The only question was – would it be warm enough?

Today was the test. The bise had been blowing all night, making the house creak. The temperature was at 3° centigrade, a little above freezing, BUT the wind chill factor put it into the I-don’t-want-to-know category.

Munchkin, the cat who has her out-routine asked five times at the door, but each time, when the bise blew leaves into the hall backed up. Each time I reminded her that the temperature had not improved in the last five minutes. She walked to her litter box, but then gave it one more try. This time she didn’t get a choice. I threw her out, but let her back in about 90% earlier than normal.

Now it was my time. I had several stops (three bus changes, a walk to my old office, across a street to eat with a friend, a walk to the supermarket, two more bus changes, a walk to the library and three bus changes home all with misc. waits.)

The verdict: ta ta, drum roll, a trumpet. The coat held its own.

Monday, November 21, 2005

Tea and the blues

Anil woke me with a cup of hot Darjeeling tea. The night before his wife and I along with him watched a movie where a train went through the tea crops. I was their weekend guest, although at this point after much too’ing and fro’ing for many years, it feels like a second home.

“Do you know Geechi Wiley?” and he asked me.

I didn’t. I am used to Anil telling me things about my own country be it history or music that go deeper than my knowledge. He brought up the song on his computer. Despite the scratchiness of the old recording, the voice was moving. The guest bed is in the computer room and I sipped the tea as we listened.

“There’s debate about the lyrics,” he said. The words bolted meal came up or so we thought.
We listened and re-listened. Neither us knew what bolted meal was. We looked that up too.

I wondered what the blues singer would have thought if she had only known that almost seventy years later another American and an Indian would be listening to her music in far away Europe.

All the _ollywoods

“Yes, Yes and Yes” I replied when Chitra emailed me if wanted to go an Indian film festival. Chitra and Anil had introduced me to Bollywood, Mollywood and Tollywood and I keep asking them how many other _ollywoods their country produces.

The festival was a tribute to the actress of Jaya Bachchan

Although I hadn’t heard of her, I quickly realised that she has status of a Meryl Steep or a Susan Sarandon by the way the audience held her in awe. She was there, gracious, elegant, giving. She answered questions from the audience between films and during the dinner break my hostess and daughter were able to eat with her, which left them both thrilled.

The first film was plotted similar to A Star is Born and made when she was young with her soon-to-be husband who came to be according to some surveys the best known actor in the world although I hadn’t heard of him. He was named Actor of the Millennium in a BBC News Poll ahead of such luminaries as Charlie Chaplin, Sir Lawrence Olivier, and Marlon Brando. He is currently hosting the Indian version of Who Wants to be a Millionaire. (Learning about things I don’t know when I consider myself a well informed-international is good for keeping me humble.)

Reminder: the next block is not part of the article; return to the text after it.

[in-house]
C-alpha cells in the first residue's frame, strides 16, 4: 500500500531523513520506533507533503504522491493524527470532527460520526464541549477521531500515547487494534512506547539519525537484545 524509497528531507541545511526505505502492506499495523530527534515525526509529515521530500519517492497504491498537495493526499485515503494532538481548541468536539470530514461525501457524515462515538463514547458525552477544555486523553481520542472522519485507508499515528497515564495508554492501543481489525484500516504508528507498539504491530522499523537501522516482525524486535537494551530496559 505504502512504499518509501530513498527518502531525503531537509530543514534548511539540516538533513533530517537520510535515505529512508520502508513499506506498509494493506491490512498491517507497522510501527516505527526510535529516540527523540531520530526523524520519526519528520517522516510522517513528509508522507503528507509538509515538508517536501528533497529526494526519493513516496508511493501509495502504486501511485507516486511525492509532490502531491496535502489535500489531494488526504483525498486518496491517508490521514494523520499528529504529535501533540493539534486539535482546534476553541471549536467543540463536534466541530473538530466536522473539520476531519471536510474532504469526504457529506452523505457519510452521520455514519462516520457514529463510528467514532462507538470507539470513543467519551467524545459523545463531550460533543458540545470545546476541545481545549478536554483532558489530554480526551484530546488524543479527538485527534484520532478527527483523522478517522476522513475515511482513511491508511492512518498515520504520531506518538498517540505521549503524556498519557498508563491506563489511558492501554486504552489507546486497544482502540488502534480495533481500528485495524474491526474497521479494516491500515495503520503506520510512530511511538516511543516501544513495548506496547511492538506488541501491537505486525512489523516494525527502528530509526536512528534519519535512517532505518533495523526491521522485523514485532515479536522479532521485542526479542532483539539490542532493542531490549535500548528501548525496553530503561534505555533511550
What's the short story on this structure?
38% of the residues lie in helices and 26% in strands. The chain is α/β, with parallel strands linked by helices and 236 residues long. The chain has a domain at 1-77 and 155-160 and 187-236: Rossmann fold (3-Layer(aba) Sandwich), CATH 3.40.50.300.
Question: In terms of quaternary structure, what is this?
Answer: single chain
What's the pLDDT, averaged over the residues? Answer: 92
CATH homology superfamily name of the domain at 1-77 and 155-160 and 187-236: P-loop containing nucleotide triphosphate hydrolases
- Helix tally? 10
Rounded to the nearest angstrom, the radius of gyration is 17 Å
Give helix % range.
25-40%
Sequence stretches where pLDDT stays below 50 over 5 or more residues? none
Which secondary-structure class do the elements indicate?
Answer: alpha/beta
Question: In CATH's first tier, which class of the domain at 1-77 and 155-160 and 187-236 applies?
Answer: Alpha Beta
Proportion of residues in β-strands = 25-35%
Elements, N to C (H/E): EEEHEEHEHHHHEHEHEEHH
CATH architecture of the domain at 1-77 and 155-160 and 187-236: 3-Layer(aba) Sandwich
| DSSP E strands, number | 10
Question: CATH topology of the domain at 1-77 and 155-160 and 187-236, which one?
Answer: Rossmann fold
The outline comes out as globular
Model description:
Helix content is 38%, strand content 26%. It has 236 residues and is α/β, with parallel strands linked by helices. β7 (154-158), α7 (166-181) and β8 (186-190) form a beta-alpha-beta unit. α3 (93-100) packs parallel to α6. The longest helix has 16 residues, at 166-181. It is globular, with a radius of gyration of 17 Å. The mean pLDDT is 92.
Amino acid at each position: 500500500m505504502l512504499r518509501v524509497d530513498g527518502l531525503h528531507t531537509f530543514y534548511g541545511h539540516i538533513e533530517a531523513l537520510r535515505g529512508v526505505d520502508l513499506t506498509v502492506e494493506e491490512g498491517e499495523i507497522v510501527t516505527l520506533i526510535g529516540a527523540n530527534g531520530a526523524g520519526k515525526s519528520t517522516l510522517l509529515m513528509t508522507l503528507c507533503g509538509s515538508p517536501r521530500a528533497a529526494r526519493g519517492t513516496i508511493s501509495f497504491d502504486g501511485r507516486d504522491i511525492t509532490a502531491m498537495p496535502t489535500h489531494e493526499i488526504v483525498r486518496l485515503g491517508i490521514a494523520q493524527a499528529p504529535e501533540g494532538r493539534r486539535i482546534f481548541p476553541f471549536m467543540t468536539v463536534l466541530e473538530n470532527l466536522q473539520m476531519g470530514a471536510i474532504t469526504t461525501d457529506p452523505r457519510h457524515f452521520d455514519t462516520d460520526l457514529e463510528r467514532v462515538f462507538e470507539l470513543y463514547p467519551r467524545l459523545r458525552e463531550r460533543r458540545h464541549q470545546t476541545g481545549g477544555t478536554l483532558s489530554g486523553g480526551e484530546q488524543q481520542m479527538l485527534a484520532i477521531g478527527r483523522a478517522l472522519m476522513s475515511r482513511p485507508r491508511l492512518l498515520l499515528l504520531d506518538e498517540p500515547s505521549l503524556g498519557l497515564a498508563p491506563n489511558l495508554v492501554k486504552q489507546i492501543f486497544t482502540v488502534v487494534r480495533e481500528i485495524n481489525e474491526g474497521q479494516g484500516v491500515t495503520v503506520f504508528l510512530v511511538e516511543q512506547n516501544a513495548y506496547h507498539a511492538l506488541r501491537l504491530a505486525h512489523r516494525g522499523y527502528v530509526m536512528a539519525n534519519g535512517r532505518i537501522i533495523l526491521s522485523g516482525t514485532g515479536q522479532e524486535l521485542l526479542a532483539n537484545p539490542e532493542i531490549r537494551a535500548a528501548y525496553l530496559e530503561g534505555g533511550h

The second was done more recently, and called The Mother of 1084. An upper middle-class woman learns her son was killed a revolution. His toe tag is 1084. Painful to watch – a film that can be appreciated on levels from political to artistic.

I expected to enjoy the weekend. I expected to enjoy the festival. The only surprise was how much

Trees in trees

Swiss Romand and the French have a certain kind of tree with bark that looks like a paint-by-numbers product. The bark-marks are a light beige and a green-grey slate heavily lightened with white. Each year in the fall all the live branches are cut back leaving knobs at the top of the trees. In the spring new branches will sprout.

Along the lake there are many of these trees. Today as I was catching the bus home to Corsier, I saw that each tree had decorated small Christmas trees about the size of a table top tree suspended from the knobs some with as many as ten trees from a single tree.

It’s an interesting holiday decoration.

Saturday, November 19, 2005

Robbert Race

I left my mobile on all day in case Rb2 called about out meet-up at the station before his train to Argelès. I also dialled his natel (cell phone) to no answer, but since he’s working in Lausanne, I supposed he turned it off.

When he did call, I was on another floor and galloped up the stairs too late. The call-back produced no answer.

Then I checked my email. Message: “I’m getting in at 18:39.”

It was 17:55, the bus leaves at 18:01 and it is a good five minutes up the hill. Whirlwind activity of coat, keys, bag, phone, etc. Race up the hill. Arrive as bus is closing doors pant pant pant pant pant pant...

Connect with number 6 bus at the lake. This is rush hour. In most areas the bus has its own lane but crossing the Mont Blanc Quai we were trapped in traffic. 18:29.

18:32 Inched ahead
18:34 Inched ahead
18:36 Inched ahead

The station was in sight. “I’m so late could you possibly let me out?” I asked the driver when I realised it would be at least eight more minutes before we came to the bus stop.

He said he couldn’t. I said I understood.

The light changed. A car pulled in front of the bus. We got to the next light and it turned red. We STOPPED.

“Merde,” I said under my breath.

The driver opened the door for me without me asking. There has to be a special place in heaven for those who bend the rules wisely. “Vous êtes formidable. Je vous aime,” I said over my shoulder as I dashed out and made the station at 18:40.

Rb2's train arrived at 18:36. It is not a big station but full of people and even if the Swiss aren’t as tall as some other nationalities, my head was below most of theirs. His head wasn’t visible and of course the rest of him being missing.

Plan B was to do a tour of the station if my phone didn’t ring.

Plan C was to do a tour of the restaurants I knew he might frequent.